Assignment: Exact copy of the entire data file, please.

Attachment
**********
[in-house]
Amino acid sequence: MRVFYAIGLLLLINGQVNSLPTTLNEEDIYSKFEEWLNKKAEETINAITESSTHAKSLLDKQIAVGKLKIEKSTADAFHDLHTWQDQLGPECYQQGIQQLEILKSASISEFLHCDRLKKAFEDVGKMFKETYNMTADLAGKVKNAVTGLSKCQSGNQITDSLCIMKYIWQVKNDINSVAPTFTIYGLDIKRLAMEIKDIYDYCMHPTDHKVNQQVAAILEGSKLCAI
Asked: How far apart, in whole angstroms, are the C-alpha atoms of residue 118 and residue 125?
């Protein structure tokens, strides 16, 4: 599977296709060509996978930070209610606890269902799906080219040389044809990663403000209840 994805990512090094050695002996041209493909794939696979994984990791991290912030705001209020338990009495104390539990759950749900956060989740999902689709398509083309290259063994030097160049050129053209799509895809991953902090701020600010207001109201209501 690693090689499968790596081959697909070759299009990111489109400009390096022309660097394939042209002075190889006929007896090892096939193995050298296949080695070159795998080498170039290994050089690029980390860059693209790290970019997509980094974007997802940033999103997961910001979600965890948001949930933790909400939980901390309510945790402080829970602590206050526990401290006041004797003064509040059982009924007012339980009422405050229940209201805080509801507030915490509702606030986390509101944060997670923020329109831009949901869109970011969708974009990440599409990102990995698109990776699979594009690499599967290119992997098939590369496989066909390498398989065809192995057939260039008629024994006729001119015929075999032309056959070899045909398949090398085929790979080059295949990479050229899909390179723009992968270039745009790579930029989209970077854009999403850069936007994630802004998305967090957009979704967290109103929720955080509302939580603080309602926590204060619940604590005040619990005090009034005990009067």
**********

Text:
[in-house]
Amino acid sequence: MRVFYAIGLLLLINGQVNSLPTTLNEEDIYSKFEEWLNKKAEETINAITESSTHAKSLLDKQIAVGKLKIEKSTADAFHDLHTWQDQLGPECYQQGIQQLEILKSASISEFLHCDRLKKAFEDVGKMFKETYNMTADLAGKVKNAVTGLSKCQSGNQITDSLCIMKYIWQVKNDINSVAPTFTIYGLDIKRLAMEIKDIYDYCMHPTDHKVNQQVAAILEGSKLCAI
Asked: How far apart, in whole angstroms, are the C-alpha atoms of residue 118 and residue 125?
């Protein structure tokens, strides 16, 4: 599977296709060509996978930070209610606890269902799906080219040389044809990663403000209840 994805990512090094050695002996041209493909794939696979994984990791991290912030705001209020338990009495104390539990759950749900956060989740999902689709398509083309290259063994030097160049050129053209799509895809991953902090701020600010207001109201209501 690693090689499968790596081959697909070759299009990111489109400009390096022309660097394939042209002075190889006929007896090892096939193995050298296949080695070159795998080498170039290994050089690029980390860059693209790290970019997509980094974007997802940033999103997961910001979600965890948001949930933790909400939980901390309510945790402080829970602590206050526990401290006041004797003064509040059982009924007012339980009422405050229940209201805080509801507030915490509702606030986390509101944060997670923020329109831009949901869109970011969708974009990440599409990102990995698109990776699979594009690499599967290119992997098939590369496989066909390498398989065809192995057939260039008629024994006729001119015929075999032309056959070899045909398949090398085929790979080059295949990479050229899909390179723009992968270039745009790579930029989209970077854009999403850069936007994630802004998305967090957009979704967290109103929720955080509302939580603080309602926590204060619940604590005040619990005090009034005990009067």